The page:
We came here often as children, to spend lazy summer days under the filtered shade of the trees. Sometimes we’d bring a pole, though we rarely caught anything.

“Fishing’s not about catching fish,” he told me when we were older. “It’s more about a state of mind.”

He had that right. We were always at peace by this water.

Like the river, time rolls on. Currents eat at the banks, undermining ancient willows. Nothing, it seems, lasts. Brown hair becomes gray. Gray hair falls out, taken by the chemicals which kept him alive.

“I’d like to see my grandchild,” he told me at Christmas. But some things just won’t wait for time or money.

“I’ll bring him here,” I whisper.

Ashes float on water.
© 2011 by J. M. Strother, all rights reserved.


The fleet slowed to sub-light speed in the shadow of the moon, all indications their approach had gone completely unnoticed.

“Command-dak Ahnmoshgnagrif, all ships reporting, ready and in position,” Comms-head Ihurehriv informed him.

Command-dak Ahnmoshgnagrif rose on his four legs to full height, swiveling his eye-stalks to take in every member of his helms-crew. All were poised and ready. His heart-sack thrummed with pride. He waved a forefoot toward the wall and the plasma display field flicked on.

“Open the Hypercom, that I may address the troops.”

“Hypercom open, Sir.”

The Command-dak turned toward the field so he could be seen by all.

“Attention all ships. Attention all hands. In a few moments we will deploy in the Ter Rhan Gu attack formation. We will be detected upon deployment, but our adversaries will have no time to react. Today the glory and honor of the Jhungrhuani will be restored. You will live forever in the heart-sacks of our people. Never again will the Jhungrhuani be insulted by these pretentious little bastards.”

The audacity of these puny Humans – downgrading Jhungrhu to planetoid status. Never mind that they couldn’t even get the name right. They’d get a downgrade, alright, to the newest asteroid belt in the solar system.
© 2011 by J. M. Strother, all rights reserved.


It felt unreal, flat on her back, florescent fixtures floating by overhead one after another. Mag glanced to her right where her mother, Alice, marched in silent disapproval, her lips held thin and tight. She glared straight ahead. For relief, both for her sore back and for emotional comfort, she turned to the left where her doula, Caroline, walked while holding Mag’s hand. When she saw Mag look up Caroline gave her hand a slight squeeze.

“You’ll be fine,” Caroline mouthed.

The gurney stopped abruptly and one of the nurses ushered Alice and Caroline through a side door – the scrub room. The baby was three weeks early and Doctor Makely did not want the other women in the delivery room. Caroline had successfully argued him out of that position, securing spots for herself and Alice. It would be c-section. That fight Caroline had lost.

Mag’s mother had made it abundantly clear she did not think it wise to have this baby. It would ruin her life.

“Who’s going to hire someone like you?” – meaning a thirties-something overweight unwed mother.

“Mom, I already have a good job…” Not a great job, but secure – an agricultural loan specialist at the Department of Agriculture.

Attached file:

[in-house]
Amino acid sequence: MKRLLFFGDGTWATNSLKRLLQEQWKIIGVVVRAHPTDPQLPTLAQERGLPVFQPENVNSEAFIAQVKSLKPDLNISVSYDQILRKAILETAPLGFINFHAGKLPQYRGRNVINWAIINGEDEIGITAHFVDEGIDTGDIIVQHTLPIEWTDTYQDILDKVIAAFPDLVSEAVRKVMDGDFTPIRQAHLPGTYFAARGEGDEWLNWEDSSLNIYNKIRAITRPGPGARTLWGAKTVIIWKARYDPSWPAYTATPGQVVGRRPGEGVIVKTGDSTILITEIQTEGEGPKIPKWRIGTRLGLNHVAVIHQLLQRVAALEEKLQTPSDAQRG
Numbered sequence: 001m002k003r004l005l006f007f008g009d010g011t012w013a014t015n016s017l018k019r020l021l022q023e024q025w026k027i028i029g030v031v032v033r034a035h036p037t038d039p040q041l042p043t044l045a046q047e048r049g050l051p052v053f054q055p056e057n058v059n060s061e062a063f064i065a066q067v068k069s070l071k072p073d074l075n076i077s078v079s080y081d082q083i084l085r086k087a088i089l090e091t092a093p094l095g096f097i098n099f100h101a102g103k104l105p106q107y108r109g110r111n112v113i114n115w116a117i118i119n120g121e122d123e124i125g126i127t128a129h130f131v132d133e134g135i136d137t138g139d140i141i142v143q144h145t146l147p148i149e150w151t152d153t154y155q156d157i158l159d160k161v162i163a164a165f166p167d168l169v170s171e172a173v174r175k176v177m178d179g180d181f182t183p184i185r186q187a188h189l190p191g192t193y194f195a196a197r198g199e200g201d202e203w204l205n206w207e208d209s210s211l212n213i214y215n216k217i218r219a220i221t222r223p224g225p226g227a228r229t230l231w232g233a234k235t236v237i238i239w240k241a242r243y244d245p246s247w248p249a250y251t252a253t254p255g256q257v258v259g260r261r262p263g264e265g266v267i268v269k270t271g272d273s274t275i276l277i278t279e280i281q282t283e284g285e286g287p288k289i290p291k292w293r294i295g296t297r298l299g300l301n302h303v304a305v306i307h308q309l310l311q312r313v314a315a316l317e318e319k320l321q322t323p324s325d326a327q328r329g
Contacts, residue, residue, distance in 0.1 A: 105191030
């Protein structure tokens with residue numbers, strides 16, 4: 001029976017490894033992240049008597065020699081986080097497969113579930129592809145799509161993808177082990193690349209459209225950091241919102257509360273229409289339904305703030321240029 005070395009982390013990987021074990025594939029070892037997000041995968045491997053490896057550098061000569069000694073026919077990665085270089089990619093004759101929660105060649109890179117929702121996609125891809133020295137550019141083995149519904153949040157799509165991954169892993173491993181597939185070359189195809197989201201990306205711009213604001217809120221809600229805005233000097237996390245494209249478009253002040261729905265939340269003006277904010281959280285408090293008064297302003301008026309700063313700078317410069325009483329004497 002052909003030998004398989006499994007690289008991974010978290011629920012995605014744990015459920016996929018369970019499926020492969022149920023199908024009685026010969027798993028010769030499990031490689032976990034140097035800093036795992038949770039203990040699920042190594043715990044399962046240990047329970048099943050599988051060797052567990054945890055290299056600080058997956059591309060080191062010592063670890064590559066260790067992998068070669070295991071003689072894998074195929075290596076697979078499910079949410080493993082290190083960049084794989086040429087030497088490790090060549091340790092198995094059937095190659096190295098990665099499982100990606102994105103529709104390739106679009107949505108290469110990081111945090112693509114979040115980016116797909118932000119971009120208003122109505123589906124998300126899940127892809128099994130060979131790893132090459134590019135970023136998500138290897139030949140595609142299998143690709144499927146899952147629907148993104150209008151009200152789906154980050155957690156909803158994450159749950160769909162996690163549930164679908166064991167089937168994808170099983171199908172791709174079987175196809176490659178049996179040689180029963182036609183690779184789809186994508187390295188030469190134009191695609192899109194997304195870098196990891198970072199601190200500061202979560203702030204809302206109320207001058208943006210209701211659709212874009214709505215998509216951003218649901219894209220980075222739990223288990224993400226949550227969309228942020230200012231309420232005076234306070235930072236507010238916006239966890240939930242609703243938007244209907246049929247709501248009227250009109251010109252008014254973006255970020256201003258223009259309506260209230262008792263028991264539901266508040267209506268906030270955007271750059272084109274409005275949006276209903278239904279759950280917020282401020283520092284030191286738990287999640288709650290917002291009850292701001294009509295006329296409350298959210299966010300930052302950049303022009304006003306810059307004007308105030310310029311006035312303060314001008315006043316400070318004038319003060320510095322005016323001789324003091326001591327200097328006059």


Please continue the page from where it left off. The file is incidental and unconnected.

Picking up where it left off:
“But what about your chances of promotion? A baby will tie you down.” Never mind for the last ten years a week never went by that her mother hadn’t asked when she was going to get married and produce some grandchildren.

The lead nurse leaned to the side and hit the big door-mounted button. The panic doors to the delivery room swooshed open.

“Don’t worry,” the other nurse, the one near her head, assured. “Doctor Makely has done thousands of c-sections.”

Mag offered up a weak smile.

“Hello, Maggie.” Doctor Makely appeared at her side, gloved hands held aloft out of contact with anything. “We’re going to give you a regional anesthesia, so you can remain awake. This is Doctor Chandra. He’s your anesthesiologist.”

Another man stepped over. The thin dark face behind the mask had friendly brown eyes. “We will be using a combined spinal epidural today.” His sentence ended in an upward lilt, making it sound like a question. “It works very quickly. I assure you, you will not feel any pain, but will remain fully awake and will be able to hold your baby.” This too sounded like a question.

A spike of pain interrupted Mag’s return smile.

“We will start that right away.”

Mag’s mother and Caroline came in just as two nurses finished transferring her from the gurney to the delivery table.

“You sit right here,” Doctor Makely told Alice, pointing to a stool near the head of the table. “If you get up you’re out of here. If you feel faint, let the nurses know and they will get you out of here.”

Alice sat as ordered, grim faced.

“Who’s the father?” The phone call home had been grueling. Mag knew her mom would not be happy that she had managed to get pregnant. She felt so stupid, but it had all happened so fast, and she had been so happy. At last, the perfect guy. Only weeks later she found out he was married.

“His name is Bob. He works for the State Department.” They had met at Finnigan’s Bar and Grill. She had gone with some friends after work. He kept making eyes at her all evening, then at last came over and introduced himself. Oh, Bob had been smooth. Real smooth. Bastard.

“So why don’t you get married?”

“He’s married mom.” The silence on the end of the phone was like eternal damnation.

Caroline settled near the head of the table opposite her mother. Two nurses positioned screening over Mag’s diaphragm.

“Are those really necessary?” Caroline objected.

Doctor Makely glared at her and shot a glance at Alice. Caroline understood the silent message. He wasn’t going to take a chance on a civy fainting dead away in the middle of his c-section.

Caroline began massaging Mag’s shoulders as the medical crew settled into their routine.

When Alice found out Bob was not only married but black she had a fit. “This baby is a big mistake, sweetie. It will be too much for you, for it, to go through life… It will be hard. On you. On it.”